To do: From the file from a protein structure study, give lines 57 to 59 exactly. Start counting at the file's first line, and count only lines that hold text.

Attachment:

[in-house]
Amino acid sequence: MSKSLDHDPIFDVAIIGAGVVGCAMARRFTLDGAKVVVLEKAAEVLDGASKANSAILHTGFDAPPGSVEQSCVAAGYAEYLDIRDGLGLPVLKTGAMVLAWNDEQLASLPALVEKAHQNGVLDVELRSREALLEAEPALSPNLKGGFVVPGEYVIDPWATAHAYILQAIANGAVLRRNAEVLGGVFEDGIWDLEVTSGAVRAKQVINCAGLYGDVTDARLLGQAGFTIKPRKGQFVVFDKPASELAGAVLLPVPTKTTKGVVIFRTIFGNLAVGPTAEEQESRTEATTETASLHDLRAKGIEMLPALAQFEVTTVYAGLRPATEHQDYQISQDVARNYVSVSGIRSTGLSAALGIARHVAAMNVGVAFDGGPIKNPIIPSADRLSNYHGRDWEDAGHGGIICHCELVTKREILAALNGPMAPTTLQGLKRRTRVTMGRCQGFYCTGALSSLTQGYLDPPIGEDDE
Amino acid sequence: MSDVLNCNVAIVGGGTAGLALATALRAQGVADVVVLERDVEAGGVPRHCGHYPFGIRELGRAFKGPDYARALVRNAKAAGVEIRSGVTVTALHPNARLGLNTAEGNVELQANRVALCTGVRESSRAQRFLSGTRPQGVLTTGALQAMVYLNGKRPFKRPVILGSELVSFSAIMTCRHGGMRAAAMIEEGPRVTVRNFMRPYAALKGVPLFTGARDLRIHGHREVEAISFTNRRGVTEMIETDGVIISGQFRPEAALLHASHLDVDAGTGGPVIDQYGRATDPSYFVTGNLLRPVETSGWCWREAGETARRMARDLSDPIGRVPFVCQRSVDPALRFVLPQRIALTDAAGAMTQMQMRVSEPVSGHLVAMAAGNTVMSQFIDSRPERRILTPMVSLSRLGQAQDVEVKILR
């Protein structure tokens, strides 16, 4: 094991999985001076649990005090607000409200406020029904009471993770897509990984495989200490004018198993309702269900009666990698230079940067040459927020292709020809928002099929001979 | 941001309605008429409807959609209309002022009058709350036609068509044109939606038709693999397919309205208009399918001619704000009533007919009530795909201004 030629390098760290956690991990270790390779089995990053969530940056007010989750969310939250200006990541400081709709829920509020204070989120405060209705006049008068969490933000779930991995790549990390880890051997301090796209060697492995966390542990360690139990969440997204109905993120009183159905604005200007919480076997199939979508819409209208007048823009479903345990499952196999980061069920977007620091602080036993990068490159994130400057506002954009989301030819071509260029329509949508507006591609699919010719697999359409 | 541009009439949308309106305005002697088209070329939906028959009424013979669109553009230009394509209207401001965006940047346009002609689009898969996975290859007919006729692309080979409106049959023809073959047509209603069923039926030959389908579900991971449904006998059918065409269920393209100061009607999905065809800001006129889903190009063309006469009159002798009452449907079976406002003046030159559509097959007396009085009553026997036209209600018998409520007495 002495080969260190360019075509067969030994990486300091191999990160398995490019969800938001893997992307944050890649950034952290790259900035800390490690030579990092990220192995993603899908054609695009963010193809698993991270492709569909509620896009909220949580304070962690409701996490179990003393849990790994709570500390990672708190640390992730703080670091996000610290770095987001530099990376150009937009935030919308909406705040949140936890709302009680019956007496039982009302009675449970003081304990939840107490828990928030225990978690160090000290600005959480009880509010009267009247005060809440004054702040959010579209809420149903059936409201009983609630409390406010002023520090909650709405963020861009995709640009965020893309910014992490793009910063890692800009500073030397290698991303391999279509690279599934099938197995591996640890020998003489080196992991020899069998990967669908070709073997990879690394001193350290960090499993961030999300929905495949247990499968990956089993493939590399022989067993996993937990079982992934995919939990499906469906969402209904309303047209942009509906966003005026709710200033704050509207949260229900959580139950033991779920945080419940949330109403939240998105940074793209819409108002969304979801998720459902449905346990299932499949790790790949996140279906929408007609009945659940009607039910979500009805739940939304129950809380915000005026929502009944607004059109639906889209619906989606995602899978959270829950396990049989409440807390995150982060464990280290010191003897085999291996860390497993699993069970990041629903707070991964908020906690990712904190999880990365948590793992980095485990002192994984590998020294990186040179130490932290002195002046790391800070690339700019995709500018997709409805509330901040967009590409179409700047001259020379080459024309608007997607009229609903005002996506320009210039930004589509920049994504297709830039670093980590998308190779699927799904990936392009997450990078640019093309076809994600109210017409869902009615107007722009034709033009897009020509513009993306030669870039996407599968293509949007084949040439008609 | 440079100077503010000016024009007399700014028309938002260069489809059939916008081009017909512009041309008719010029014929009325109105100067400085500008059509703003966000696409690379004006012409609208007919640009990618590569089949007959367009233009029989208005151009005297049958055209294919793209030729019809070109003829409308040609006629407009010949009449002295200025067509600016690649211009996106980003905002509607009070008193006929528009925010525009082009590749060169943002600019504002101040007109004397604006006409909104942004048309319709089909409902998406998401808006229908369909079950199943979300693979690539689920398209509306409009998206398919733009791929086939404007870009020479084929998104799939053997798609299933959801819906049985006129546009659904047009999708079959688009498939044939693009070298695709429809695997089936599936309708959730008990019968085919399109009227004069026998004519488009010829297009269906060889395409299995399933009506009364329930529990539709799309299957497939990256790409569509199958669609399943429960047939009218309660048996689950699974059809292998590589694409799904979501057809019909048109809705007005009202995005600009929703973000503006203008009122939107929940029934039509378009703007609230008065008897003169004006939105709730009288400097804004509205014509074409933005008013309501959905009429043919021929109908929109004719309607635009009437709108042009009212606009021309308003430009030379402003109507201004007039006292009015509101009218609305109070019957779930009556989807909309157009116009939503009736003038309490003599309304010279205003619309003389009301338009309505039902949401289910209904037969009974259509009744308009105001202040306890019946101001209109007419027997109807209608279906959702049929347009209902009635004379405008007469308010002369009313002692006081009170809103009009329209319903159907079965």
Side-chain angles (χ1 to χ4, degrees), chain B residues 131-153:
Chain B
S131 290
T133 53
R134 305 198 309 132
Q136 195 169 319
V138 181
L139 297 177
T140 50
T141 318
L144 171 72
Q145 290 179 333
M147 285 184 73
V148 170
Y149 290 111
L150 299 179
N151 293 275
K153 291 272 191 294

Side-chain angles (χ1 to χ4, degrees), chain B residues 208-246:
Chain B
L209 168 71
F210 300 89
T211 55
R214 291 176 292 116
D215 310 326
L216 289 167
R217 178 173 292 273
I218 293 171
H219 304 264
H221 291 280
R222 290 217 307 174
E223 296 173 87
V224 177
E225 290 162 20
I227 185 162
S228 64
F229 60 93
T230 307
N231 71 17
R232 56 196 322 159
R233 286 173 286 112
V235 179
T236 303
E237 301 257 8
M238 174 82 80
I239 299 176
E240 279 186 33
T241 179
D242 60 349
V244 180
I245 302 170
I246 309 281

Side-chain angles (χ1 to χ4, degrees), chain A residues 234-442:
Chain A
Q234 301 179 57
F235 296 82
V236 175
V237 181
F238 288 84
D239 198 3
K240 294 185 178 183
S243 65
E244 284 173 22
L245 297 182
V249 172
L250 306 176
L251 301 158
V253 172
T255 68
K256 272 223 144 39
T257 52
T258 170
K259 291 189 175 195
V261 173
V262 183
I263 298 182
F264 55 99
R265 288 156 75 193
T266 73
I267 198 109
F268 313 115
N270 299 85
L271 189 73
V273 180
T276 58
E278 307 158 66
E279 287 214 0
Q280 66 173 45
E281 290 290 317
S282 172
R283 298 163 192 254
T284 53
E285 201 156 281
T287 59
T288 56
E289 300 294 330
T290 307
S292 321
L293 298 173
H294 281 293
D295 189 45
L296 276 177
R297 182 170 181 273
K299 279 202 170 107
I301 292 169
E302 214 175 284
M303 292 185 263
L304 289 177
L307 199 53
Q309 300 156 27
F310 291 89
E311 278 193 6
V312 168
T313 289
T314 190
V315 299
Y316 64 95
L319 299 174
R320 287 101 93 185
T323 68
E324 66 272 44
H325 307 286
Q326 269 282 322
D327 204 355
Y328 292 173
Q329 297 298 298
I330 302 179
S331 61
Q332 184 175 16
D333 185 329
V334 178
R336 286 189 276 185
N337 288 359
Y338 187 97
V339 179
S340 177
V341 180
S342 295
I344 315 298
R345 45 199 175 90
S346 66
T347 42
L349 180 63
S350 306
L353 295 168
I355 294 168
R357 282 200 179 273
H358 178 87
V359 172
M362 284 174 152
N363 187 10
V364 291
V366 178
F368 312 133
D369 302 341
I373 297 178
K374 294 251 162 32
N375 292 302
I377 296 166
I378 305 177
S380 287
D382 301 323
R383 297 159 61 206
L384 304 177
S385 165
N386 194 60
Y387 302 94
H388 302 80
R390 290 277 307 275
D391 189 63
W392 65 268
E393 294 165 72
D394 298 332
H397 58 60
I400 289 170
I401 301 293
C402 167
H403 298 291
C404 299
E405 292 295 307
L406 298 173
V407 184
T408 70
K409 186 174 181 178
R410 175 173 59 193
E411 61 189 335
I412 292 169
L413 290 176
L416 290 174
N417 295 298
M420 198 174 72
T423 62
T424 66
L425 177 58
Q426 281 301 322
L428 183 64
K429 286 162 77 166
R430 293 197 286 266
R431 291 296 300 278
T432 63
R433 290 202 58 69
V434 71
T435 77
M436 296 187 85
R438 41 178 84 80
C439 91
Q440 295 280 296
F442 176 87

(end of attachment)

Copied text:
Side-chain angles (χ1 to χ4, degrees), chain A residues 234-442:
Chain A
Q234 301 179 57